3 December 2012 at 2.16pm | Comment on this article
Last week, before the curtain was raised for The Royal Ballet’s evening show, for the first time in 122 years the Royal Opera House was filled with the grand sounds of Meyerbeer’s Robert le diable.
The auditorium was not set up for a performance: the stage was hidden by an imposing iron safety curtain and the Royal Opera Chorus occupied the velvet seats of the stalls. Eight soloists sat comfortably in a line across a narrow section of stage, as relaxed as if they were at home with a cup of tea, and the orchestra in the pit below played in jeans and t-shirts rather than the customary black tie.
The Royal Opera Chorus, the Principal Artists and the Orchestra of the Royal Opera House had gathered for the Robert le diable Sitzprobe. The Sitzprobe, translated literally as ‘to sit and try out’, is a non-staged music rehearsal that gives the conductor a chance to tweak the finer musical details. Concert Master Peter Manning describes it as 'when the chorus meets the complex tissue of sound that is the orchestra. It’s when we join forces all together to create the show.'
Bryan Hymel, who is singing the lead role of Robert, explained that it’s one of the favourite rehearsals for a lot of singers. 'It’s a crucial step for us because it’s a chance to break from the complications of being on stage, and to co-ordinate with the orchestra one section at a time.You get to sit there and concentrate on the music, which is what we spend months preparing for. '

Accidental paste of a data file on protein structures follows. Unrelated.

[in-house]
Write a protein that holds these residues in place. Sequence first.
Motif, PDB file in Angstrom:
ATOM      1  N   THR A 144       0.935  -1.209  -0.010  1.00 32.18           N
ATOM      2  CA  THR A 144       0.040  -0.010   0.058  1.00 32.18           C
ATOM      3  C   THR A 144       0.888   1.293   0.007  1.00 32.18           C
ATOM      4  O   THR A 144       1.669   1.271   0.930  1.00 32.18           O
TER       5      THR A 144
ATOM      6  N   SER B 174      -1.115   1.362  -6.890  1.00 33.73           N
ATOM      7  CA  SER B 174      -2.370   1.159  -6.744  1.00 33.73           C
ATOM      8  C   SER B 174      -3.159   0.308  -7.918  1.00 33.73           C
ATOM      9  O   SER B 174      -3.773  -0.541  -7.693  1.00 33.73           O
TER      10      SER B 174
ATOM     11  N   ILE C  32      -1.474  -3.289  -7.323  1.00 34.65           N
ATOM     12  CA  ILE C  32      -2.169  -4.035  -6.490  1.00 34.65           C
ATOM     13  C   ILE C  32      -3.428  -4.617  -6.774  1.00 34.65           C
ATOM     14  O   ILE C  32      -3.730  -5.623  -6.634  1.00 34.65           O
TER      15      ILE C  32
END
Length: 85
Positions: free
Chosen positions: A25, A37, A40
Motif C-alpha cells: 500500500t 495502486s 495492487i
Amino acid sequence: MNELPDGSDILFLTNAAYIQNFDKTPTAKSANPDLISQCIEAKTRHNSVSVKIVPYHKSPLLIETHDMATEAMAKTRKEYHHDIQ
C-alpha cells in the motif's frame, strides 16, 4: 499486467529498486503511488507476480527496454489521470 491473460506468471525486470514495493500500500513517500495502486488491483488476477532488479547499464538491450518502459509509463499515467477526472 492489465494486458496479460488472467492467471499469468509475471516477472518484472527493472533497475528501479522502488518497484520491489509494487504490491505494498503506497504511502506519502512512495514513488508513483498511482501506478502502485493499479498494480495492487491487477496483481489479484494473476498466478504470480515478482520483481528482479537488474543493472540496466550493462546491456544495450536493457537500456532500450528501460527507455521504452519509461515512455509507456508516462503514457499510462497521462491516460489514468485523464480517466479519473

With Laurent Pelly’s new production of the French masterpiece opening on 6 December, rehearsals have been underway for some time now. The Sitzprobe we saw was the first of three and the music, already rehearsed separately by singers and orchestra to an impeccably high standard, sounded seamless. The power of the chorus was magnified in the otherwise empty auditorium and the soloists casually reeled off show-stealing arias, eliciting a professionally understated ripple of applause from the music staff. It also came as a surprise when the conductor’s voice suddenly interrupted mid-melody to shout out bar numbers and instructions about nuances of tone and expression.
'Robert le diable demands a lot of resources and energy', says Bryan. 'You have to pace yourself through the evening so that you can still sing by the time you get to the end. It doesn’t really get any easier towards the end, it just gets progressively more involved.'
Bryan recently sang the role of Enée (Aeneas) in Berlioz’s epic Les Troyens, which is currently being screened in cinemas.
'It’s been a very full year of big long French operas', he explained. 'Robert le diable is
a real challenge for me as my part is a good bit higher than in Les Troyens. The singing
is very virtuosic – bel canto-type singing – but also with very dramatic acting.'
Though a huge success when it had its premiere in Paris in 1831, Robert le diable hasn’t been staged at Covent Garden since 1890. Bryan says, "It’s not performed often because it’s very hard to find four singers who can all sing the Principal roles and are available all at the same time."
Watch director Laurent Pelly discuss why he was drawn to this forgotten opera:
Robert le diable opens on 6 December and runs until 21 December. Tickets are still available.
The production is staged with generous philanthropic production support from Alfiya and Timur Kuanyshev and Michael Hartnall.